28 September 2012 the owners of the domains that have the direct keywords in the names will remember for a long time. Last Friday some new tweets from Matt Cutts, the main spam fighter from Google, appeared and everything changed. Here are they:
#1 Matt Cutts @mattcutts Minor weather report: small upcoming Google algo change will reduce low-quality “exact-match” domains in search results.
#2 Matt Cutts @mattcutts New exact-match domain (EMD) algo affects 0.6% of English-US queries to a noticeable degree. Unrelated to Panda/Penguin.
The main aim of this algo update is to fight with the sites providing low-quality content and wanting to get high SERP positions thanks to the keywords in domain names. As you might have noticed after the latest updates, sometimes the search results were dominated by such site, which are just satellites or link farm in their essence.
The only thing that surprises is why Google made the update so late. Taking into account that the technology was developed and patented in 2003 by Amit Singhal, Matt Cutts and Jun Wu, and last year Bill Slawski delivered an excellent article about this method of finding commercial queries: “…a company may attempt to “trick” the search engine into listing the company’s web site more highly. For example, if the search engine gives greater weight in ranking results to words used in the domain name associated with web sites, a company may attempt to trick the search engine into ranking the company’s listing more highly by including desirable search terms in the domain name associated with the company’s listing.”
Only in March 2012 Matt Cutts warned the site owners about the incoming changes, and there was silence. Until now.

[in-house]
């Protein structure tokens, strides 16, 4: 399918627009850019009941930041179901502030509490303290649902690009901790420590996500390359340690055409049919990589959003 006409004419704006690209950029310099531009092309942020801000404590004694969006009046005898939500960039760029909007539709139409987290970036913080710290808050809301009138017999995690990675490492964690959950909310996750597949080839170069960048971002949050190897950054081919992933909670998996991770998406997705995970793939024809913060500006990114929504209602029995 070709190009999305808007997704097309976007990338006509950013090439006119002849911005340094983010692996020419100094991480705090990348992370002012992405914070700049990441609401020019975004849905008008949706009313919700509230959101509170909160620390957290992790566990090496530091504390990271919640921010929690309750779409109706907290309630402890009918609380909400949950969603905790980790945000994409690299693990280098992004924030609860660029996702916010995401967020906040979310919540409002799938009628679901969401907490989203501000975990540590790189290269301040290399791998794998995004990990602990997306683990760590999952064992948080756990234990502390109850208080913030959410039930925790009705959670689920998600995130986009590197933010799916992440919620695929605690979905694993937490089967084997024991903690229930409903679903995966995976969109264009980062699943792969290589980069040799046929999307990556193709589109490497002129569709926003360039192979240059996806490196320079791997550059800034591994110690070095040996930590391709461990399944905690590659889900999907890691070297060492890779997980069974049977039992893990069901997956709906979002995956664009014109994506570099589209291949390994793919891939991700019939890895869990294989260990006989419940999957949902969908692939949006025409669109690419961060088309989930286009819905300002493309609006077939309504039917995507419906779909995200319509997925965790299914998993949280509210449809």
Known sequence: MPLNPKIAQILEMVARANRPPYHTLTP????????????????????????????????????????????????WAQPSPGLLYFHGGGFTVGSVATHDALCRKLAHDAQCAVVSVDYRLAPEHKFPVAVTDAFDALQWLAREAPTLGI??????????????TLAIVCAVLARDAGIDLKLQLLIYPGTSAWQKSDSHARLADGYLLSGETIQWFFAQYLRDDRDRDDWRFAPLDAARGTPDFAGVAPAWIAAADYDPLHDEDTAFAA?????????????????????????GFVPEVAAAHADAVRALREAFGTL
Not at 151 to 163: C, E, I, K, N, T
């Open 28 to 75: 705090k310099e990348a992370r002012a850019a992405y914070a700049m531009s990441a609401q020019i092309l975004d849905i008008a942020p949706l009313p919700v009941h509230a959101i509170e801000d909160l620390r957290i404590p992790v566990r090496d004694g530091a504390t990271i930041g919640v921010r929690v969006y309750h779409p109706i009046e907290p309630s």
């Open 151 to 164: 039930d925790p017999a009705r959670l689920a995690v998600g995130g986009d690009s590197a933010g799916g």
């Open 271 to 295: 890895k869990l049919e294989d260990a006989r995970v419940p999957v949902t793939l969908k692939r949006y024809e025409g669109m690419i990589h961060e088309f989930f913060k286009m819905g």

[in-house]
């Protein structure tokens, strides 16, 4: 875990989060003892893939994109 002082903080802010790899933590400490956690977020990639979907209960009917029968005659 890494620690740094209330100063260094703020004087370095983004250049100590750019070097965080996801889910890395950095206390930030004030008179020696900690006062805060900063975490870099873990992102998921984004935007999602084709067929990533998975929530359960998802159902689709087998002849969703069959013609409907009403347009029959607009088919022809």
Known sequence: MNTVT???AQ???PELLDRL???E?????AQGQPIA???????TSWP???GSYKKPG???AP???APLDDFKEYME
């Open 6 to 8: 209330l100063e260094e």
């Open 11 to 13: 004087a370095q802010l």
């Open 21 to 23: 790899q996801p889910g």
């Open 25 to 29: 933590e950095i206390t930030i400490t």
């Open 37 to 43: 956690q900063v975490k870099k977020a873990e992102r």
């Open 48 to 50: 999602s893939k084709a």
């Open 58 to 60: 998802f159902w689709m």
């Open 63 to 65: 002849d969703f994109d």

As Matt said, the update is supposed to affect only about 0,6% of English queries, but the number of affected sites isn’t clear yet. Some very interesting statistics found by SEOMoz team can be found here . But it is just initial data.
Besides, Google hasn’t made any specifications about the types of queries that will be changed. Will it affect only commercial ones, or all of them? If the latter cases are true, some quality informational sites might be punished for nothing, especially taking into account that earlier Google used to encourage having keywords in domain name and took it as one of the main ranking factor.
What to do?
The update has just begun its way and work. The SERPs will be shacked and changed for a while. And until it stops shaking the rankings it is really hard to give any advice. Moreover, what can be done in this situation when Google just sets its own game’s rules?
For those who have such domain the only way out is to try to deliver as much as possible quality content so that to make Google forget about your domain name and to top you basing on your site’s quality.
For those who just want to register a domain name, my advice will be to concentrate on branding, but not on the keywords describing what you do. Choose a motto or a company’s name as your domain name and do your best to attract visitors to your site. Good luck!